Mets 2012 Season Will Be A Near Total Loss

Its hard to fathom now, but the Mets had a realistic shot at the playoffs only one month ago.  Since then the team has taken a turn for the worst with a lot of poorly played baseball compounded by additional injuries.  In the process, the current situation has re-highlighted some glaring issues that the team’s successful first half had given us the luxury of forgetting about.

First and foremost, the team’s pitching staff desperately needs another overhaul.  To a certain point, that will come in the eventual promotion of the Harvey, Wheeler, Familia and Mejia contingent.  That however won’t get it done in the long run.  While RA Dickey has proven himself as one of the game’s elite (albeit awkward) pitchers, the rest of the starting staff has been disappointing.  Jon Niese remains inconsistent and Johan Santana has been a mess since in June no-hitter.  Then we get to the bullpen…  The truth is bullpens are always in flux as its historically difficult for many relief pitchers to maintain a high level of play from year to year, but the Mets have had extremely poor luck.  From the current crop, its realistic to think only Francisco, Edgin and possibly Rauch find themselves on the roster next season.  That’s a great deal of turnover for a team supposedly headed in the right directly.

A look at the rest of the roster finds a variety of players who were being counted on to take a step forward, but ultimately failed miserably.  Here is a look at just a few:

  • Andres Torres, who was acquired last winter as a band-aid in center field, has been repeatedly hampered by injury and has struggled at the plate all season.  For much of the season, he has found himself second fiddle to rookie, Kirk Nieuwenhuis.  Definitely not the situation Mets’ brass hoped for when envisioning the 2012 season in their head.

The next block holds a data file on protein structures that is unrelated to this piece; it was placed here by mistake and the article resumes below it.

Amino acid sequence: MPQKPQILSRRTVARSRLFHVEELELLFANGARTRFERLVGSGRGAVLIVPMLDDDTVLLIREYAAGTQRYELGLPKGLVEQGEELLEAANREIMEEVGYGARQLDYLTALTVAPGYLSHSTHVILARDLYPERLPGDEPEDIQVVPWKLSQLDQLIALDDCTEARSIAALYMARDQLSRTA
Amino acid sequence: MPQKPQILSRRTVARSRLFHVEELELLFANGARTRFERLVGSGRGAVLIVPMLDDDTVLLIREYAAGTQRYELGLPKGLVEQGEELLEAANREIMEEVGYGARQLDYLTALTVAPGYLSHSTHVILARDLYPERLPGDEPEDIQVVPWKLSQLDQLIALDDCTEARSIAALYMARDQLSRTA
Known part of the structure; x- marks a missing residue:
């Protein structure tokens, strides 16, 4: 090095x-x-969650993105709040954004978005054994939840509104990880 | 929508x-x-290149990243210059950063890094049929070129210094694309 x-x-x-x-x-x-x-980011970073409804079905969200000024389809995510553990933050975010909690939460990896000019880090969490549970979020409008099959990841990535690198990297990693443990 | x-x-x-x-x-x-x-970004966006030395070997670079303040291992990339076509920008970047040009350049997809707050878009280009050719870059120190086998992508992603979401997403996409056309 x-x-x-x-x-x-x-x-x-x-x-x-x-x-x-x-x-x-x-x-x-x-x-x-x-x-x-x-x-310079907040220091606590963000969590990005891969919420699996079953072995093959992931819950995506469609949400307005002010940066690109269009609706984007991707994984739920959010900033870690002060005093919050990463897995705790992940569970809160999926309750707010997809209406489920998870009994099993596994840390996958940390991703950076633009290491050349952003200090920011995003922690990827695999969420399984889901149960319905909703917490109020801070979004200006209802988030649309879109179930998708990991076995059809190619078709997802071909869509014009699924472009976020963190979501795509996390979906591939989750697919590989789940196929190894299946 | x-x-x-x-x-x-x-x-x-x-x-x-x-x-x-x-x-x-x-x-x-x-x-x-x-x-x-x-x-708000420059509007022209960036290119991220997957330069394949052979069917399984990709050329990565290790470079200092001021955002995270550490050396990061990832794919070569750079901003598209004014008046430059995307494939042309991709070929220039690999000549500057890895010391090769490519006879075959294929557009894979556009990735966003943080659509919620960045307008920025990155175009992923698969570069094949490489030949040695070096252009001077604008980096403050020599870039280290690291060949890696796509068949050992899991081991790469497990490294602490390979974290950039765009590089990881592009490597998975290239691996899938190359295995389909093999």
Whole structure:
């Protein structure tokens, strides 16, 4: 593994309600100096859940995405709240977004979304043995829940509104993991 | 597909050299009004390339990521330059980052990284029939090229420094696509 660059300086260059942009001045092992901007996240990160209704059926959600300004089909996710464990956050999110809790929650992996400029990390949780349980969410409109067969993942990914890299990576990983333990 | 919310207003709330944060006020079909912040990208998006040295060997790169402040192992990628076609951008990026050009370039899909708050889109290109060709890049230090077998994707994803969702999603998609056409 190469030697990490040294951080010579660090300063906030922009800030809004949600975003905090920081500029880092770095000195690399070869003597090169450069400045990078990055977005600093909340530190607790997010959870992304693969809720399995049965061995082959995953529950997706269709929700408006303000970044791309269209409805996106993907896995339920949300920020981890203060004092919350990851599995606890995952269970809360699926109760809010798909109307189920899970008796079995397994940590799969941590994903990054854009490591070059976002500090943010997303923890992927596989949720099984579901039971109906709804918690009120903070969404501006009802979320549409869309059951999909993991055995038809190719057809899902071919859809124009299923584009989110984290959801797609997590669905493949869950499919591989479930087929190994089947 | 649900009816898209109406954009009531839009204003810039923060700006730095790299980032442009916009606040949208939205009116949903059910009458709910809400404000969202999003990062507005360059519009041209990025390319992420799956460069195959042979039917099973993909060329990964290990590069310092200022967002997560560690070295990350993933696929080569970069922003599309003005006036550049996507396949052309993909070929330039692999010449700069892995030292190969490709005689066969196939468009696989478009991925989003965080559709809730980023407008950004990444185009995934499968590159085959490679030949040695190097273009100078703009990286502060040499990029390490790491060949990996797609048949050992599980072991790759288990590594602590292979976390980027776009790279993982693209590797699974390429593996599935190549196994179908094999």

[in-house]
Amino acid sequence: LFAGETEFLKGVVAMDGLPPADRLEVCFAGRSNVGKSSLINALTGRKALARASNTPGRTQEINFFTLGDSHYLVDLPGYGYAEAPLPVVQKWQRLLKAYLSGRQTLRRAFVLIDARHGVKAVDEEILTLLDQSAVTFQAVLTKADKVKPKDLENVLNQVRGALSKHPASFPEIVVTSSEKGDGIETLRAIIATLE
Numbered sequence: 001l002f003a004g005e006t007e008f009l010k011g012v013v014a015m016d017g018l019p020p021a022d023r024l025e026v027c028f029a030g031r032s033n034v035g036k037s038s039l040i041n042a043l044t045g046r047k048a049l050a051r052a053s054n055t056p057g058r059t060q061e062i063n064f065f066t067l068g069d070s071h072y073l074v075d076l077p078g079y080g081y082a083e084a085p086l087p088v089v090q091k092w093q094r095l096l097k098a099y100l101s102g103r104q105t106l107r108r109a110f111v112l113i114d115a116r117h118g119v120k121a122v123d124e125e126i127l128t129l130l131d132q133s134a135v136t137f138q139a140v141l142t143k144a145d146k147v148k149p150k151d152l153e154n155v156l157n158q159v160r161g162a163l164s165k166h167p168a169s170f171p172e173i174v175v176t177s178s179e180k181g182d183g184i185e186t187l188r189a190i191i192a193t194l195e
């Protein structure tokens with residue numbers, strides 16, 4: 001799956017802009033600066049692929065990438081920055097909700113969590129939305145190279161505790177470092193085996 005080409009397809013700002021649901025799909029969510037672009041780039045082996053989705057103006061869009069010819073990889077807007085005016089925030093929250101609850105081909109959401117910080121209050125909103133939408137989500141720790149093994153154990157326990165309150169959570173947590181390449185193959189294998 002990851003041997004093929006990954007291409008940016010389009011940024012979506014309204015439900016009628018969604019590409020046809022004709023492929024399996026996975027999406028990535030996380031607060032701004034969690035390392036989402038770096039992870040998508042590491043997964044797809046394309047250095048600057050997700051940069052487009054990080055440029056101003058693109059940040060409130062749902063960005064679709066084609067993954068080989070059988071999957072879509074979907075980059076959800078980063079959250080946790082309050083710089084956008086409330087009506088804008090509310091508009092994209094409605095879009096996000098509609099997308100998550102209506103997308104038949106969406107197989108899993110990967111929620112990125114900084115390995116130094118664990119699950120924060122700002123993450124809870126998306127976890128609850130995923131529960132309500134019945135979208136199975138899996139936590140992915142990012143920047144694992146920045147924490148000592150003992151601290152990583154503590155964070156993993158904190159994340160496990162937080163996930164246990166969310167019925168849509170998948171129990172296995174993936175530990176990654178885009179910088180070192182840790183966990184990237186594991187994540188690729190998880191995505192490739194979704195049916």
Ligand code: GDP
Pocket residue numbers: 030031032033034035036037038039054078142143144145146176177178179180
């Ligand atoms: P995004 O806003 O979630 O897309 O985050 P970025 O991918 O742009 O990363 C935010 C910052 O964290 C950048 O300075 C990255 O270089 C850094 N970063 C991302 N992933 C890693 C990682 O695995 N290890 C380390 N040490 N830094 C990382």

• Lucas Duda was handed the spot in right field in an effort to find a place for his bat.  His offense, unfortunately, has abandoned him.  That, combined with his defensive liability and what has been described as a poor attitude has found him beached in Buffalo with his opportunity wasted and his value shattered.
  • Jason Bay…oh where do we start.  More inuries and more ineptitude at the plate have finally cost Bay his everyday spot in left.  Batting well under .200 this season, Bay is likely on his way out despite what Sandy Alderson recently said about the $19 million he is still owed on his current contract.
  • Josh Thole was the Mets best bet coming into the season behind the plate.  As is the case with everyone else on this list, he hasn’t gotten it done.  A team can stomach a singles hitter if they justify their spot on the roster with their defense.  Thole has repeatedly struggled to keep the ball from going to the backstop and can’t throw anyone else on the base paths.  He’s not an everyday major league player, no matter what way you try to cut it.
  • Ike Davis has probably been the biggest surprise disappointment this year.  Mired in a terrible slump for the first two months of the season, Ike has never really turned it on this year.  The saving grace to his season will be his power numbers, which have not slumped nearly as much as his average and will ultimately salvage his spot for the time being as the Met’s first baseman of the future.

Much of this didn’t rear its ugly head until the team fell off the pace, but now it has become clear that the organization still has a great deal of work to do before they become a legitimate contender again.  With that said, the resurgence of David Wright is most positive thing to come out of 2012.  He has once again solidified himself amongst the best third baseman in baseball.  Moving around the remainder of the infield, Ruben Tejada’s patient approach at the plate and stout defense have proven to be a quality replacement for the departed Jose Reyes and Daniel Murphy has come a loooong way at second base.

The issue remains that outside of those guys, and RA Dickey of course, the Mets as a whole haven’t improved much.  It was fun to field fully home grown lineups, but its obvious the answer to the team’s woes aren’t within the organization right now. The 2012 season hasn’t yielded the results any of us had hoped.  There is no reason to believe the Mets are only a few players away from success and an argument can now be made that the organization has actually gone backwards this year.  Yes, despite the successful first half, the 2012 season has proven to be a costly one for the New York Mets.

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